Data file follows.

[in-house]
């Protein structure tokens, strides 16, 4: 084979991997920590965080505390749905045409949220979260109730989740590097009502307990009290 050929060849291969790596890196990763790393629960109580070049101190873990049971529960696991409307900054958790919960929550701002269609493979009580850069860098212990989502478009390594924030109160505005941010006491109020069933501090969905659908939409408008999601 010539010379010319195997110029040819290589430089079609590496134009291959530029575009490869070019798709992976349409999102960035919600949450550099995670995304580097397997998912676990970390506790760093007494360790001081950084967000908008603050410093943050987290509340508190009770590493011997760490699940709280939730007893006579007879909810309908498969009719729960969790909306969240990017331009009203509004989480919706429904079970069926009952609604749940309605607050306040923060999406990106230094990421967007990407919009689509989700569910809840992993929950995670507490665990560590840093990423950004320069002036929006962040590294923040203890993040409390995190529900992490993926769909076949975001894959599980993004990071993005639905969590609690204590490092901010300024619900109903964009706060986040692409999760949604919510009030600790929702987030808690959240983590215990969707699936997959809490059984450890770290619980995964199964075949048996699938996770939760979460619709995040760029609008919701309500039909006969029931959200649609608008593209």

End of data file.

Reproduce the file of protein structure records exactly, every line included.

[in-house]
């Protein structure tokens, strides 16, 4: 084979991997920590965080505390749905045409949220979260109730989740590097009502307990009290 050929060849291969790596890196990763790393629960109580070049101190873990049971529960696991409307900054958790919960929550701002269609493979009580850069860098212990989502478009390594924030109160505005941010006491109020069933501090969905659908939409408008999601 010539010379010319195997110029040819290589430089079609590496134009291959530029575009490869070019798709992976349409999102960035919600949450550099995670995304580097397997998912676990970390506790760093007494360790001081950084967000908008603050410093943050987290509340508190009770590493011997760490699940709280939730007893006579007879909810309908498969009719729960969790909306969240990017331009009203509004989480919706429904079970069926009952609604749940309605607050306040923060999406990106230094990421967007990407919009689509989700569910809840992993929950995670507490665990560590840093990423950004320069002036929006962040590294923040203890993040409390995190529900992490993926769909076949975001894959599980993004990071993005639905969590609690204590490092901010300024619900109903964009706060986040692409999760949604919510009030600790929702987030808690959240983590215990969707699936997959809490059984450890770290619980995964199964075949048996699938996770939760979460619709995040760029609008919701309500039909006969029931959200649609608008593209």